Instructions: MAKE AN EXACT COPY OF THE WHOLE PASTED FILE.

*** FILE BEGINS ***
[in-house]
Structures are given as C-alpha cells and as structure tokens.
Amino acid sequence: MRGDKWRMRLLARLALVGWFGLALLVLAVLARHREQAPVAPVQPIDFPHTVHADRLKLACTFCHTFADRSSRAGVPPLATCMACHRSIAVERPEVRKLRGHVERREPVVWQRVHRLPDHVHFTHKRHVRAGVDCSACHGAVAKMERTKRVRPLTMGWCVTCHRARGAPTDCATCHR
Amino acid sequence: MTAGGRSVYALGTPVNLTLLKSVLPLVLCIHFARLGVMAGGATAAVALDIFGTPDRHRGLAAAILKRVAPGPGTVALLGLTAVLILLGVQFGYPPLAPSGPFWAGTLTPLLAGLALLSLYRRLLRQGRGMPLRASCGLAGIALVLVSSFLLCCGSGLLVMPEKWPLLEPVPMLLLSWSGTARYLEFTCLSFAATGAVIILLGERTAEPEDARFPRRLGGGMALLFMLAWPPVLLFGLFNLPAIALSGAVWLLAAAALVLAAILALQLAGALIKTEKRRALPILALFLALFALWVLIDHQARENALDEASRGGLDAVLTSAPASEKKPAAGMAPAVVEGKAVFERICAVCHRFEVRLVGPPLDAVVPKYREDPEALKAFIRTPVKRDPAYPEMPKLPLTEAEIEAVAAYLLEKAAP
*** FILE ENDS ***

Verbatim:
[in-house]
Structures are given as C-alpha cells and as structure tokens.
Amino acid sequence: MRGDKWRMRLLARLALVGWFGLALLVLAVLARHREQAPVAPVQPIDFPHTVHADRLKLACTFCHTFADRSSRAGVPPLATCMACHRSIAVERPEVRKLRGHVERREPVVWQRVHRLPDHVHFTHKRHVRAGVDCSACHGAVAKMERTKRVRPLTMGWCVTCHRARGAPTDCATCHR
Amino acid sequence: MTAGGRSVYALGTPVNLTLLKSVLPLVLCIHFARLGVMAGGATAAVALDIFGTPDRHRGLAAAILKRVAPGPGTVALLGLTAVLILLGVQFGYPPLAPSGPFWAGTLTPLLAGLALLSLYRRLLRQGRGMPLRASCGLAGIALVLVSSFLLCCGSGLLVMPEKWPLLEPVPMLLLSWSGTARYLEFTCLSFAATGAVIILLGERTAEPEDARFPRRLGGGMALLFMLAWPPVLLFGLFNLPAIALSGAVWLLAAAALVLAAILALQLAGALIKTEKRRALPILALFLALFALWVLIDHQARENALDEASRGGLDAVLTSAPASEKKPAAGMAPAVVEGKAVFERICAVCHRFEVRLVGPPLDAVVPKYREDPEALKAFIRTPVKRDPAYPEMPKLPLTEAEIEAVAAYLLEKAAP